When you're first starting out as a professional writer, it's easy to get seduced into saying yes to anything that comes along. You're in it to get experience and a portfolio started, so any job is a good job. Besides you don't know when that next job will come along.
I had this problem for a long time. Any job, big or small, I accepted and pretty soon I was overloaded with a lot of low pay work. Sure, I could make $20, but I needed to write ten 500-word articles. I either ended up spending all day and night working or focusing on the higher pay jobs and promising to pick up the other stuff later.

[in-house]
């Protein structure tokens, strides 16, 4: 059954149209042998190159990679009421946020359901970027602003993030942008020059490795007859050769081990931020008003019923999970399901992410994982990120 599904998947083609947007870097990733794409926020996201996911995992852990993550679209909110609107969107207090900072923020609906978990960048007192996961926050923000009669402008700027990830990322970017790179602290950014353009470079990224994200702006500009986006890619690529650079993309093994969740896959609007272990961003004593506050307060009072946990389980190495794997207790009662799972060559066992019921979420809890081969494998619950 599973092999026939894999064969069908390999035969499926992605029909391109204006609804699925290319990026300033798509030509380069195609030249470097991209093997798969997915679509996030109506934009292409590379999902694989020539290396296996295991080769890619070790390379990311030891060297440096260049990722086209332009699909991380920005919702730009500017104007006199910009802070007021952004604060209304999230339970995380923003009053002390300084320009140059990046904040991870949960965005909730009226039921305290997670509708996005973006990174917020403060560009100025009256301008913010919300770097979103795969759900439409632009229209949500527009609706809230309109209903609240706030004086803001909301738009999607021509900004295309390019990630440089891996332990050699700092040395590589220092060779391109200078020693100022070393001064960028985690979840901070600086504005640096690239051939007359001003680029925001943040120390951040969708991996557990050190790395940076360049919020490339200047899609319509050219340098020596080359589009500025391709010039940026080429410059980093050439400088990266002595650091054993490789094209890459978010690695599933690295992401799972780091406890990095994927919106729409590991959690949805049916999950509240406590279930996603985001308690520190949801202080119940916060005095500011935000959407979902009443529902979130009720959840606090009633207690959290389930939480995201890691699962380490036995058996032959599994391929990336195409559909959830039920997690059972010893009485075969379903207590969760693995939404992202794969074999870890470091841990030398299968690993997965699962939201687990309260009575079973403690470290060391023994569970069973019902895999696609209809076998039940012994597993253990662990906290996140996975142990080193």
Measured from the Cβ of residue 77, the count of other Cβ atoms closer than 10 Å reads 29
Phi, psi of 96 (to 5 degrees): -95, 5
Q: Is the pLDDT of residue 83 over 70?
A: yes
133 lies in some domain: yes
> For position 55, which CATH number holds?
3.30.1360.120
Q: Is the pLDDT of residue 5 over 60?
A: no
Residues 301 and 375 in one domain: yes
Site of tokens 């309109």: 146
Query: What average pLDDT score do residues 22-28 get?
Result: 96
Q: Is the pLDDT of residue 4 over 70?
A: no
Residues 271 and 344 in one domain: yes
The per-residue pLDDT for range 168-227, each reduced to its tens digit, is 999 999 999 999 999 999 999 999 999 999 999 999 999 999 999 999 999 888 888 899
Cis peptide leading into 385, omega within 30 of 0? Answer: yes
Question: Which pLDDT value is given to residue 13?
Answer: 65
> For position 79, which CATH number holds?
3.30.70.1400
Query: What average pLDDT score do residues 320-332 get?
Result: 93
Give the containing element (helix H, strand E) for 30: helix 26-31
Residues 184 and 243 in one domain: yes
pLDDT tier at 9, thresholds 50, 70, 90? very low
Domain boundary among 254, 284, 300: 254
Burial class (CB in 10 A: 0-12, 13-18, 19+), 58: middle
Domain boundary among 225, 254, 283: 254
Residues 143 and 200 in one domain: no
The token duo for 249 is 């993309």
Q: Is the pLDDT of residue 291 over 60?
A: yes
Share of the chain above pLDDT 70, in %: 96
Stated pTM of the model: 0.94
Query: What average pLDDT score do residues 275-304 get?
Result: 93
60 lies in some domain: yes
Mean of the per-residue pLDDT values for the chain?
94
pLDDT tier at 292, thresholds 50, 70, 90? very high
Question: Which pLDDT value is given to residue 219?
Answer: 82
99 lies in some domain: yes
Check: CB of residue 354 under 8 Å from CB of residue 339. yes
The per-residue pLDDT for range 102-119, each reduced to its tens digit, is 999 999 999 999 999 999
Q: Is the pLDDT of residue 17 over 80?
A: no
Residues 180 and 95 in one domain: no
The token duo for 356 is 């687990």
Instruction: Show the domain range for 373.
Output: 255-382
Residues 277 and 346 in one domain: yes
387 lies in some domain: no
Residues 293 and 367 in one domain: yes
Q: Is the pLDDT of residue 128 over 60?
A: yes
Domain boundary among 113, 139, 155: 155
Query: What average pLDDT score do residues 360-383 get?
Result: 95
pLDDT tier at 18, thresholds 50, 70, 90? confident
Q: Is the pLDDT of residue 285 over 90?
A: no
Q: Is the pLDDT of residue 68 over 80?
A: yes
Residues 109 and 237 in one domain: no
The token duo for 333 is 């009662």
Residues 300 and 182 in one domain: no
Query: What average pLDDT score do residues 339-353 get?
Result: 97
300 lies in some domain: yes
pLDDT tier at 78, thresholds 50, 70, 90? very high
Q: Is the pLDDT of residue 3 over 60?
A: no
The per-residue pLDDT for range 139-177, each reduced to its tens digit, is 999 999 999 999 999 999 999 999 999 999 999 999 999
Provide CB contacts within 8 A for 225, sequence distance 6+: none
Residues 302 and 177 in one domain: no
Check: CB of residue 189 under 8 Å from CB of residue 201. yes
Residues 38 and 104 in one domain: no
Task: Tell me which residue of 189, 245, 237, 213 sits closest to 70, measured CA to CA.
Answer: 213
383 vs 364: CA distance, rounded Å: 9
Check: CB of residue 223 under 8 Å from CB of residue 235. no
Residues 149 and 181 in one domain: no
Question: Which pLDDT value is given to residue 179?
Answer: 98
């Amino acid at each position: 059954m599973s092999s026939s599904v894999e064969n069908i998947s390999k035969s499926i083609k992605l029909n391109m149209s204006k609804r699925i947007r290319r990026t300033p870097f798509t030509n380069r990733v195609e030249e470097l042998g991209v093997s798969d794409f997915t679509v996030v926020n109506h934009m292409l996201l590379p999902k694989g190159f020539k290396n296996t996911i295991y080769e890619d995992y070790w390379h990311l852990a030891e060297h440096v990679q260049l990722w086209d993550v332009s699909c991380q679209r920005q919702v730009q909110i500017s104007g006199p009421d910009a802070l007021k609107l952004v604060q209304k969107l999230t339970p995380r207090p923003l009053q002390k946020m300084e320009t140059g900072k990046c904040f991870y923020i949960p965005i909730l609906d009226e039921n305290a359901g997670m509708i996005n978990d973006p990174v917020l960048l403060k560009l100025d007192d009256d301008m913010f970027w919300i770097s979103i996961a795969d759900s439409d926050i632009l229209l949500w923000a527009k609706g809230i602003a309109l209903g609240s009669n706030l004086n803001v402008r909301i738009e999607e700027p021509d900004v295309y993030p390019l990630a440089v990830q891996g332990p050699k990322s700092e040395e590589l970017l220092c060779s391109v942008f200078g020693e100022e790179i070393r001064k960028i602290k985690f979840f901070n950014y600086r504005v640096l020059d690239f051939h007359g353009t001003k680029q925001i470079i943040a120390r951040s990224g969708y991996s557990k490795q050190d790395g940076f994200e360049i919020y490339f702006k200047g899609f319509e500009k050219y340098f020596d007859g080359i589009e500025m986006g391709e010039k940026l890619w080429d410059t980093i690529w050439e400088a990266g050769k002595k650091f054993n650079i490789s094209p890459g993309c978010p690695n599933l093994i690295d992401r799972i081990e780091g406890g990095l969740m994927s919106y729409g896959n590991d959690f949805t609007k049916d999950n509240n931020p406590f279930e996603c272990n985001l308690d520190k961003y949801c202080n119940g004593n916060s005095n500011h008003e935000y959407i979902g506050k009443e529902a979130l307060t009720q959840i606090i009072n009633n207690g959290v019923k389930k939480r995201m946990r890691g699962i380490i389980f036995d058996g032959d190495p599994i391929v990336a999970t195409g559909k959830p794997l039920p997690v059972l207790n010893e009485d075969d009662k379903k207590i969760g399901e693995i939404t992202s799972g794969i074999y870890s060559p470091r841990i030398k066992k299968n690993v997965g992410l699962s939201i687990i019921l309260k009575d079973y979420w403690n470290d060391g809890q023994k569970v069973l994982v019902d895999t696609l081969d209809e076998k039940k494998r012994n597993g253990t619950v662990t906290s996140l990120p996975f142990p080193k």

What ends up happening is you start getting a reputation as someone that can't hit deadlines. That's s death knell in this business. Instead, you have to learn to pick and choose what jobs you take. I am an avid gamer and have done a lot of gaming writing through the years. One day, I saw a listing for a game writer and applied.
I found out they wanted to spend $3 per in-depth article. I told them that I don't write articles of that length for less than $20 and that I would be unable to accept their offer. I'm sure they weren't happy about it, but they should pay writers what they are worth.
Never be ashamed of turning down a job because of pay. You're not there to make them happy at all costs, you're there to provide a service. If they think you're worth it, then they should pay you something comparable.